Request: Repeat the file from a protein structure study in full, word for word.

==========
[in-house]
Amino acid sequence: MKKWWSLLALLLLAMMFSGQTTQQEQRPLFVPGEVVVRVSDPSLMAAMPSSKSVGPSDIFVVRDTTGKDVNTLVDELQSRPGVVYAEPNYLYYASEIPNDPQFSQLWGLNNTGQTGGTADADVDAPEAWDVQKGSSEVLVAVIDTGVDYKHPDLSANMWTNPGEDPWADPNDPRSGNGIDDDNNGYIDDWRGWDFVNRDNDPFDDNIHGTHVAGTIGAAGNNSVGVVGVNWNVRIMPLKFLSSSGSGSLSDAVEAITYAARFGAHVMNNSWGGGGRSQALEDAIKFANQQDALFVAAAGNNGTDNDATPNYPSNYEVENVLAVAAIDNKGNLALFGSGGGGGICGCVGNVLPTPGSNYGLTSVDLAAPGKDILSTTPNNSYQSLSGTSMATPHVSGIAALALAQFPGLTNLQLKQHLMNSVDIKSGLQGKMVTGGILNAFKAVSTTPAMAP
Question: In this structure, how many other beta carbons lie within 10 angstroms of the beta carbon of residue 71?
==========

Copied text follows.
[in-house]
Amino acid sequence: MKKWWSLLALLLLAMMFSGQTTQQEQRPLFVPGEVVVRVSDPSLMAAMPSSKSVGPSDIFVVRDTTGKDVNTLVDELQSRPGVVYAEPNYLYYASEIPNDPQFSQLWGLNNTGQTGGTADADVDAPEAWDVQKGSSEVLVAVIDTGVDYKHPDLSANMWTNPGEDPWADPNDPRSGNGIDDDNNGYIDDWRGWDFVNRDNDPFDDNIHGTHVAGTIGAAGNNSVGVVGVNWNVRIMPLKFLSSSGSGSLSDAVEAITYAARFGAHVMNNSWGGGGRSQALEDAIKFANQQDALFVAAAGNNGTDNDATPNYPSNYEVENVLAVAAIDNKGNLALFGSGGGGGICGCVGNVLPTPGSNYGLTSVDLAAPGKDILSTTPNNSYQSLSGTSMATPHVSGIAALALAQFPGLTNLQLKQHLMNSVDIKSGLQGKMVTGGILNAFKAVSTTPAMAP
Question: In this structure, how many other beta carbons lie within 10 angstroms of the beta carbon of residue 71?